Unfortunately at present states decide by themselves their own policies without reference to wider international norms. They can use financial incentives or harsher methods to free them; they can decide to hide from their own public the basic fact that fellow nationals have been abducted. Indeed the precise number of British and American hostages held in Syria, Afghanistan and Iraq remain unknown to the public. But this policy has not deterred ISIS or other groups from the practice of kidnapping.
As both inaction nor the Hannibal Directive/massive use of force are neither efficient nor moral options, it becomes absolutely necessary to negotiate a solution with the hostage takers who will then bear the legal consequences of their actions once the hostages have been freed. This above all is a political issue - and one that needs to be dealt with multilaterally.
How much force should we use to free a hostage?
What is troubling about the Hannibal procedure is that, overall, a strategic and political objective defined in negative terms – no soldier should be taken captive – trumps a moral value defined in positive terms – a soldier’s life is preferable to his death.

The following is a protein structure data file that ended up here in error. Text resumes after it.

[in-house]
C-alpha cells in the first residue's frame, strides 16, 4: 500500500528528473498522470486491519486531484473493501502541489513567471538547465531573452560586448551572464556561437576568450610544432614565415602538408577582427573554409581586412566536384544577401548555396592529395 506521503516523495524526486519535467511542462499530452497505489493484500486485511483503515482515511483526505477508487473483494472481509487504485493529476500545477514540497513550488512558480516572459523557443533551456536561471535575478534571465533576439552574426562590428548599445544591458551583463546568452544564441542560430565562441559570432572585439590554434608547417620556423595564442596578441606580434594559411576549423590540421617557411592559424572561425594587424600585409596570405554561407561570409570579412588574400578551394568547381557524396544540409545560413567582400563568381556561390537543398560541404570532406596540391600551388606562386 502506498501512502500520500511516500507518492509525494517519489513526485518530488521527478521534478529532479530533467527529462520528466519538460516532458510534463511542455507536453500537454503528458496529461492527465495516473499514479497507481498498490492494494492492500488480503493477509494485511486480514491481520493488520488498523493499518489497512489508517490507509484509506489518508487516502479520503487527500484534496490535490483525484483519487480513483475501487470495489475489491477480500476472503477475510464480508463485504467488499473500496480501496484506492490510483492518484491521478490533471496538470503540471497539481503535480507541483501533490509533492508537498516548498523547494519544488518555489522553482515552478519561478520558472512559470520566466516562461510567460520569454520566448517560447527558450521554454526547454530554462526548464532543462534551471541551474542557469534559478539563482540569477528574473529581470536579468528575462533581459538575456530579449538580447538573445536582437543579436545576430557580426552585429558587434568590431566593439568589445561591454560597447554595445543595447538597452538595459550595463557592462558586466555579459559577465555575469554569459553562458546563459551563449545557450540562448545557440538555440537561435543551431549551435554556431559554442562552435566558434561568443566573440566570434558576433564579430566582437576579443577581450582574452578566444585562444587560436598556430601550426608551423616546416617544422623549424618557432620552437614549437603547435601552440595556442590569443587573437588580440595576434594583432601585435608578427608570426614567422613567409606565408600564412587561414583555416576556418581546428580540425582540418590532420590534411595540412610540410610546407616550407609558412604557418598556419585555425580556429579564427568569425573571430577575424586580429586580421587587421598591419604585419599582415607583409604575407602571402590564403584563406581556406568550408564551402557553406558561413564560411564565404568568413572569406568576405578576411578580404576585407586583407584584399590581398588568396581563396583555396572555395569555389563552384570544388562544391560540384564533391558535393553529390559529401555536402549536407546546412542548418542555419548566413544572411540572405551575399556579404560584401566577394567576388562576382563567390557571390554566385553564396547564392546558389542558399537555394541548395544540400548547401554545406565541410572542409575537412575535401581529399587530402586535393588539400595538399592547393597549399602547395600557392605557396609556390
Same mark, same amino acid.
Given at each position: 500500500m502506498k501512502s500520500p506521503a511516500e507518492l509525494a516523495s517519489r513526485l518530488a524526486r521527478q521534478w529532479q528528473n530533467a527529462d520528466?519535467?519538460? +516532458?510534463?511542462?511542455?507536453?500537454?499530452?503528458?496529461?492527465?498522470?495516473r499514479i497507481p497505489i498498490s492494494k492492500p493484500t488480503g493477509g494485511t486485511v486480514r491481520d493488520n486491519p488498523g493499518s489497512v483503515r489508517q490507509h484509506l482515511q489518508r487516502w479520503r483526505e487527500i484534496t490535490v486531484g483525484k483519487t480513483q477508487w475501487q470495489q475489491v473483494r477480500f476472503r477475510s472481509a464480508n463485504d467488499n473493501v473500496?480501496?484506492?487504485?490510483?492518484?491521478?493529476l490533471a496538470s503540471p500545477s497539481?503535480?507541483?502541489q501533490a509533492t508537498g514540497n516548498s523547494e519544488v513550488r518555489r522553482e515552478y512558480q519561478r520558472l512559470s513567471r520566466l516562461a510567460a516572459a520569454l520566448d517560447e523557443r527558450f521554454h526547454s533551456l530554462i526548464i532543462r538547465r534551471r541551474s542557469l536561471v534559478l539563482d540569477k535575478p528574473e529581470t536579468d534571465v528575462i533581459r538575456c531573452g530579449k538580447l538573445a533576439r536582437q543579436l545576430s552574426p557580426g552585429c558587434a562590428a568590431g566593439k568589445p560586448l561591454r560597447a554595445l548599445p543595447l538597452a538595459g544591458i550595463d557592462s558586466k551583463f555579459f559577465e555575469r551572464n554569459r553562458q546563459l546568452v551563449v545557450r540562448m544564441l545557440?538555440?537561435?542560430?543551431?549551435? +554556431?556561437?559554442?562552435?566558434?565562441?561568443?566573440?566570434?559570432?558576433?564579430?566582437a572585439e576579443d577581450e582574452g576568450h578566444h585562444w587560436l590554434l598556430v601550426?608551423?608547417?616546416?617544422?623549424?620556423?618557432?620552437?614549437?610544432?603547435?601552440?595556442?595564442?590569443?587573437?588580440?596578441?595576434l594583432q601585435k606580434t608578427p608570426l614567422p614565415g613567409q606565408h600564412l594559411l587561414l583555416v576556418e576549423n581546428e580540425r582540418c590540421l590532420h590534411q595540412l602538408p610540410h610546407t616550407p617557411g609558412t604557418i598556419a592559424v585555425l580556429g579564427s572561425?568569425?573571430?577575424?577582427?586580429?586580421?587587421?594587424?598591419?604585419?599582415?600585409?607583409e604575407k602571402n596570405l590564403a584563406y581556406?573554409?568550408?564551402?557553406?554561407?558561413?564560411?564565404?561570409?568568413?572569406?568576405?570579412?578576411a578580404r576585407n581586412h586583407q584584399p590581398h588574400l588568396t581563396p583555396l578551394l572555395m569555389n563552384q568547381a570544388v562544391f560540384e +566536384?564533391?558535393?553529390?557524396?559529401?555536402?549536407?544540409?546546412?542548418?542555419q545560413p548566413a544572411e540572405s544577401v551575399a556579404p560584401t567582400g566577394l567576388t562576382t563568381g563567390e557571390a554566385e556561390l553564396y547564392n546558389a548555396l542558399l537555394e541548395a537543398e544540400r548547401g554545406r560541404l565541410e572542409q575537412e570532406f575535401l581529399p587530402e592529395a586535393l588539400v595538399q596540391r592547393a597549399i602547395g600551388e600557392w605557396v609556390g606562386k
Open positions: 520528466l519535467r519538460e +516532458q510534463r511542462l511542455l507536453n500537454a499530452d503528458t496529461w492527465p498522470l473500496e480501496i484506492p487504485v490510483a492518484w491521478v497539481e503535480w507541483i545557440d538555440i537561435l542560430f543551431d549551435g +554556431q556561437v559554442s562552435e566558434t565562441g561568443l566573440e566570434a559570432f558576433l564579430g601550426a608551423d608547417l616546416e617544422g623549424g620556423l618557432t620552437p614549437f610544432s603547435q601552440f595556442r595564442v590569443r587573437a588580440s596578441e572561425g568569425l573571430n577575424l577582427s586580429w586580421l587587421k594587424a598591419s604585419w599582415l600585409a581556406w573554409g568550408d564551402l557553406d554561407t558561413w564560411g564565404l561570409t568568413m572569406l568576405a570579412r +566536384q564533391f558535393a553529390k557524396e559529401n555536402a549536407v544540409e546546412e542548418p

The immediate, massive use of force in searching for a soldier - and for a Western civilian in Syria – at risk of abduction is morally problematic. It requires strong political will and is grounded in raison d’Etat, which might stand in time of war but should be questioned when swords have been put back in their scabbards.
The critical debate about a hostage-taking scenario regarding the use of force, whether for Israel or for states whose nationals are held by the Islamic State and other groups, must be held at both the domestic and international levels. One of the few positive outcomes from the Gaza war could be just such a debate within Israel's own political community about the broader consequences of actions that relate to the value of life and death, with this case being just one of them.
As in the broader context of Israel’s policy in its relations with the Palestinians at large and their political community, Israel as a democracy has to show clearly the direction it wants to pursue when it authorizes for itself the use of force. It is a policy in development that other states in the international community will be watching as they find themselves faced with their own hostage dilemmas.
Ariel Colonomos teaches at Sciences Po in Paris and he is a senior research fellow at CNRS (CERI).